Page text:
13 December 2012

What Makes the “Computer Brain” Impaired?

In an earlier post (A Bird and aComputer in the Brain (Two Systems of Thinking)) I’ve described the generally accepted view on how people make judgments. In scientific terms it is called the “dual-system” view on judgment. I have used the metaphor of “Bird” and “Computer” brains.

One key learning of this dual-system theory is that the default way of thinking is the “Bird brain” (or system 1). Another key learning is that the “Computer brain” sometimes switches on and interacts with the “Bird brain”.

A lot of research has been done on how System 1 or “The Bird Brain” makes judgments and in order to make sure that the “computer brain” (system 2) does not switch on, several manipulations have been used. In this post I will review what makes the “computer brain” not switch on.

For the more critical readers I will mention that these manipulations do not necessarily lead to a complete impairment of the “computer brain”, but rather they make it much more likely that the “computer brain” does not switch on.
Firs we have Ego Depletion which represents a state of lack of self-control resources. Ego Depletion occurs when a person has performed an activity that comes somehow “unnatural” to the individual and that has required self-control. I have addressed Ego Depletion in Don't Spend the Rent Money onShoes - Self-Control and Ego-Depletion 

Second we have Cognitive Overload which represents a state in which a person’s working memory is overloaded or blocked. As you may know working memory plays a big role in judgment, but has a limited capacity. If the working memory is occupied then judgment is affected by a switch off of the computer brain.  In academic research experiments the overloading of working memory is done by asking participants to remember a 7-9 digits number for the duration of the experiment. Apparently this manipulation has little to do with real life, but it is not exactly so. Indeed the instances in which a person does something while at the same time remembering a 9 digits number are very unlikely. At the same time, our working memory is flooded with information such as remembering meetings, remembering to pick up groceries on the way, an abundance of advertising messages and so on. My opinion is that the experimental manipulation used in research is a simplified version of what is happening in the real world.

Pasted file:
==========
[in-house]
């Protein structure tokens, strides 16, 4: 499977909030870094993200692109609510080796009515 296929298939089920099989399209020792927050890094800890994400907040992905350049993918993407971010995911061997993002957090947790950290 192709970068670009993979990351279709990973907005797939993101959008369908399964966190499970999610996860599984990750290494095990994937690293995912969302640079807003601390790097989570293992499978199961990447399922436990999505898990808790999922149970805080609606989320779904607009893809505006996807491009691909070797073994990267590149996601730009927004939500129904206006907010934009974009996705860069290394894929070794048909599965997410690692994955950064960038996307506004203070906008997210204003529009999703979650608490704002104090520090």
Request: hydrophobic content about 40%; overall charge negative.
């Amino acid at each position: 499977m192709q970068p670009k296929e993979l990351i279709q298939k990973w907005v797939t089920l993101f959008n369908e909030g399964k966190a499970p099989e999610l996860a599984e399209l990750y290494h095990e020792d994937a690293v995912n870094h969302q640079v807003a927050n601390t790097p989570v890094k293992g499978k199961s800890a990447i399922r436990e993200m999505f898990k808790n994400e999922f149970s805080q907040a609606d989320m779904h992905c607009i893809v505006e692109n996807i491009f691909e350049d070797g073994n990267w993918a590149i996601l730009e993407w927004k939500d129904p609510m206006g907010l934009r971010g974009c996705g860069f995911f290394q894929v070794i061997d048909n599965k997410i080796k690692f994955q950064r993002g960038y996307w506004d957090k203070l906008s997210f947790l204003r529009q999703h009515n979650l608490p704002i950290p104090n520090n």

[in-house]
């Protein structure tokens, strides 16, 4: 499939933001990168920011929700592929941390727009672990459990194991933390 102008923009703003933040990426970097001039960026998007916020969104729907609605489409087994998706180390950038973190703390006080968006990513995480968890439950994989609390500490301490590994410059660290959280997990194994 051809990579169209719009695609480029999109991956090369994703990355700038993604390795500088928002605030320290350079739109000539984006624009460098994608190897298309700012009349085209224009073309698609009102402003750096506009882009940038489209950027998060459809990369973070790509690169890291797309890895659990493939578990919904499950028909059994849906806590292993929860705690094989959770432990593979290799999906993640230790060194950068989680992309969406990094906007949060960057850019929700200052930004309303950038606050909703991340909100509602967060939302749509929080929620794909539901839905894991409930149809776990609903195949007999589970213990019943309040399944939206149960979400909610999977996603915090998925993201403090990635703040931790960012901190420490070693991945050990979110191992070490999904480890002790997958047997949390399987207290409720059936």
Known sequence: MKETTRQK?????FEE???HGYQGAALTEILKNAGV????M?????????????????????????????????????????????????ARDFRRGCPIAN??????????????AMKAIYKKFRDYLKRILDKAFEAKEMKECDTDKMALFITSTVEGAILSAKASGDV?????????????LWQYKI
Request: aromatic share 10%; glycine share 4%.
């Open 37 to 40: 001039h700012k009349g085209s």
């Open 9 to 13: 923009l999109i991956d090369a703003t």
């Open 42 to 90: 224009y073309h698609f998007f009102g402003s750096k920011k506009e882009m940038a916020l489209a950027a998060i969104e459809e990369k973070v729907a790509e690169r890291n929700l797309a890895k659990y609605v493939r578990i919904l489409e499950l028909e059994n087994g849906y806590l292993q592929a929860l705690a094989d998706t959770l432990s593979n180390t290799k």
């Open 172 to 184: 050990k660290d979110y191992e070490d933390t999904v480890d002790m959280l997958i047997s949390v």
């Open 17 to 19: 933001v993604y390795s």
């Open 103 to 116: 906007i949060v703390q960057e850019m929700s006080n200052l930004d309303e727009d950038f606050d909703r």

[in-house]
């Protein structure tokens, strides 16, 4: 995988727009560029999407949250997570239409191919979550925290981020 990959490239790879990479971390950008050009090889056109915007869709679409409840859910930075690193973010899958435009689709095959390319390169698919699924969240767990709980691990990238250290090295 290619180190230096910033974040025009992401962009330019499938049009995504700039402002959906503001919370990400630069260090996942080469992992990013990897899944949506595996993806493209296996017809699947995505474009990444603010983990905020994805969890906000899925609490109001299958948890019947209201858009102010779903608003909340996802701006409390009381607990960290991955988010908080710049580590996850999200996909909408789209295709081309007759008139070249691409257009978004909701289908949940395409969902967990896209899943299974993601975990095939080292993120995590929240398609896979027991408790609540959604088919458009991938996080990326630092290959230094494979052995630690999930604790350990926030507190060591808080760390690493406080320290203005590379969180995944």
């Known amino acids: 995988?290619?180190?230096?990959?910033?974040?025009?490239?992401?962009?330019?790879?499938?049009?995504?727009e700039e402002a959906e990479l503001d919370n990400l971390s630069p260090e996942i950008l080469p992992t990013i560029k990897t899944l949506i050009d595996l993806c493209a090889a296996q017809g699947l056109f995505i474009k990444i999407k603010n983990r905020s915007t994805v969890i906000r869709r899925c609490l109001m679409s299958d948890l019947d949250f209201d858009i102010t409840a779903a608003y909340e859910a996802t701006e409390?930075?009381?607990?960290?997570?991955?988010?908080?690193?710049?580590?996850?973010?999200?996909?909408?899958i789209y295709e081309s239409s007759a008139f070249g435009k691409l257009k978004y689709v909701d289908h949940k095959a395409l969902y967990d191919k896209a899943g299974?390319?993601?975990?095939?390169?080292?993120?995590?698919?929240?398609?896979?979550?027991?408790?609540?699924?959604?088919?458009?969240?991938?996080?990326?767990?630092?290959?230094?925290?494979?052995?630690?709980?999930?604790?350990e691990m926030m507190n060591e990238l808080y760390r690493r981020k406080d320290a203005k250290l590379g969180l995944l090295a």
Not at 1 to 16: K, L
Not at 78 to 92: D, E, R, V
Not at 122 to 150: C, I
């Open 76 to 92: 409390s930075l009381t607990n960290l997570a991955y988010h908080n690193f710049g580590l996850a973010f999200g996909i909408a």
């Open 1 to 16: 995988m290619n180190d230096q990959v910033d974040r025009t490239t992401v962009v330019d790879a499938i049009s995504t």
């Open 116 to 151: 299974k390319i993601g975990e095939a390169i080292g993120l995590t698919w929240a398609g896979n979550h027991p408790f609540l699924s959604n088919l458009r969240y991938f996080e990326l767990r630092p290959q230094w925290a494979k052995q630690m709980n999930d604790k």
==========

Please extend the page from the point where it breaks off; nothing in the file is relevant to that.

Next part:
Third we have Fatigue which I assume you all know what it meas. Fatigue is in many ways similar to Ego Depletion in the sense that the human body and brain lack metabolic energy resources which leads to a switching off of the “Computer brain”.

Fourth we have Visceral Influences or Hot states which have been described in Would you pay 1000 Euros for a Kebab? – Visceral influences. In essence a visceral influence represents an acute state of a basic need. For example extreme hunger, thirst and severe pain are visceral states. Another kind of visceral influence is the deprivation of a substance to which one is addicted. Extreme fatigue and sexual arousal are also included in this category, but I treat them somehow separately. A person that is in a “Hot state” will focus on satisfying the visceral need and the person’s “computer brain” will very likely not switch on.

Fifth, there is Time pressure which implies that a person has to make a judgment or choice in a very short time interval. Since the “computer brain” is inherently slow, time pressure leads to judgments being made using primarily the “bird brain” which is inherently fast. A relatively reliable “rule of thumb” is that the more severe the time pressure the less likely it is that the “computer brain” will switch on.

Sixth, we have Sexual priming. Sexual arousal is considered to be a visceral influence or a hot state. Sexual priming means the conscious or unconscious exposure to sex related cues. Several studies have shown that exposure to objects or information related to sex leads to judgment and decisions more related with “Bird brain” reasoning than with “computer brain” reasoning. Since mating is a basic need and evolution has shaped us to satisfy it, it is reasonable to say that once exposed to a sexual cue a person is more likely to function mostly on the “bird brain” mode and that the “computer brain” will be less likely to switch on.

Seventh, we have Alcohol intoxication. I assume that everyone knows what alcohol intoxication means and I think it would be a safe assumption to say that (almost) all of my readers have experienced it… In essence alcohol intoxication diminishes self-control and depending on the extent of intoxication diminishes or event impairs the “computer brain”.  

Eighth, we have Positive mood. Again I assume that everyone knows what positive mood means. What is in my view very interesting is that a positive mood induces what is called in scientific terms “cognitive ease”. In more simple language this state of “cognitive ease” would be called mental laziness. In essence “cognitive ease” leads to a lack of critical thinking which is by its nature a mental process associated with the “computer brain”. To put this in other words, when we are in a positive mood we tend to think less critically and analytically.

To sum up, there are certain states or elements that lead to a decreased likelihood that the “computer brain” will switch on. These are: (1) ego depletion; (2) Cognitive Overload; (3) Fatigue; (4) Visceral Influences or Hot states; (5) Time pressure; (6) Sexual priming; (7) Alcohol intoxication; (8) Positive mood. The list is open for suggestions or reminders…

Like it?  Spice Up  Your Business

No comments: